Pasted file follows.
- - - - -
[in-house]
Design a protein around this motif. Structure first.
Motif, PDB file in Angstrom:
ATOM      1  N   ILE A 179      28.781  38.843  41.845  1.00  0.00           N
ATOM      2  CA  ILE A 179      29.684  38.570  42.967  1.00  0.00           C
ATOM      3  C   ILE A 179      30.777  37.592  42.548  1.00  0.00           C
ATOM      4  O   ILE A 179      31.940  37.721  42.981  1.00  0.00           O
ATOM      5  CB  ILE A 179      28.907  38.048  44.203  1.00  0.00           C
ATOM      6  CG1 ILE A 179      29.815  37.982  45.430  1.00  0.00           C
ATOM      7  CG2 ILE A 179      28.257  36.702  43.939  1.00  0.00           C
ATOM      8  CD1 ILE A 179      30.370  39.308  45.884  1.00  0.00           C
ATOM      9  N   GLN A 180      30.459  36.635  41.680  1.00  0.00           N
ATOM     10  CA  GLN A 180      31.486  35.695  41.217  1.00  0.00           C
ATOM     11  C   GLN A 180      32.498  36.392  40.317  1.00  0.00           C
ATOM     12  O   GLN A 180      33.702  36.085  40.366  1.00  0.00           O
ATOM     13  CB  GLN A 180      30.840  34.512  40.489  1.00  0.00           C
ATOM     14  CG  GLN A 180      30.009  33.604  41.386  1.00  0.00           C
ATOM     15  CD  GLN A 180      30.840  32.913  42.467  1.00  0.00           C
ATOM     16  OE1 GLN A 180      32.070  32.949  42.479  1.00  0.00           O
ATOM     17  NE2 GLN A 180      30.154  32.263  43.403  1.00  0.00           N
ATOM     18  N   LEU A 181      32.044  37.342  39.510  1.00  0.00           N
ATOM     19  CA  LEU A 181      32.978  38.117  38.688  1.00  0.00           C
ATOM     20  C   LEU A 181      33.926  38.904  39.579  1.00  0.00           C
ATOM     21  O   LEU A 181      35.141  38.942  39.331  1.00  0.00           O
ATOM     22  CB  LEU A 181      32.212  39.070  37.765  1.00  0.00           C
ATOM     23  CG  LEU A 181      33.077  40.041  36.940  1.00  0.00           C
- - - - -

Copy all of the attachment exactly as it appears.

[in-house]
Design a protein around this motif. Structure first.
Motif, PDB file in Angstrom:
ATOM      1  N   ILE A 179      28.781  38.843  41.845  1.00  0.00           N
ATOM      2  CA  ILE A 179      29.684  38.570  42.967  1.00  0.00           C
ATOM      3  C   ILE A 179      30.777  37.592  42.548  1.00  0.00           C
ATOM      4  O   ILE A 179      31.940  37.721  42.981  1.00  0.00           O
ATOM      5  CB  ILE A 179      28.907  38.048  44.203  1.00  0.00           C
ATOM      6  CG1 ILE A 179      29.815  37.982  45.430  1.00  0.00           C
ATOM      7  CG2 ILE A 179      28.257  36.702  43.939  1.00  0.00           C
ATOM      8  CD1 ILE A 179      30.370  39.308  45.884  1.00  0.00           C
ATOM      9  N   GLN A 180      30.459  36.635  41.680  1.00  0.00           N
ATOM     10  CA  GLN A 180      31.486  35.695  41.217  1.00  0.00           C
ATOM     11  C   GLN A 180      32.498  36.392  40.317  1.00  0.00           C
ATOM     12  O   GLN A 180      33.702  36.085  40.366  1.00  0.00           O
ATOM     13  CB  GLN A 180      30.840  34.512  40.489  1.00  0.00           C
ATOM     14  CG  GLN A 180      30.009  33.604  41.386  1.00  0.00           C
ATOM     15  CD  GLN A 180      30.840  32.913  42.467  1.00  0.00           C
ATOM     16  OE1 GLN A 180      32.070  32.949  42.479  1.00  0.00           O
ATOM     17  NE2 GLN A 180      30.154  32.263  43.403  1.00  0.00           N
ATOM     18  N   LEU A 181      32.044  37.342  39.510  1.00  0.00           N
ATOM     19  CA  LEU A 181      32.978  38.117  38.688  1.00  0.00           C
ATOM     20  C   LEU A 181      33.926  38.904  39.579  1.00  0.00           C
ATOM     21  O   LEU A 181      35.141  38.942  39.331  1.00  0.00           O
ATOM     22  CB  LEU A 181      32.212  39.070  37.765  1.00  0.00           C
ATOM     23  CG  LEU A 181      33.077  40.041  36.940  1.00  0.00           C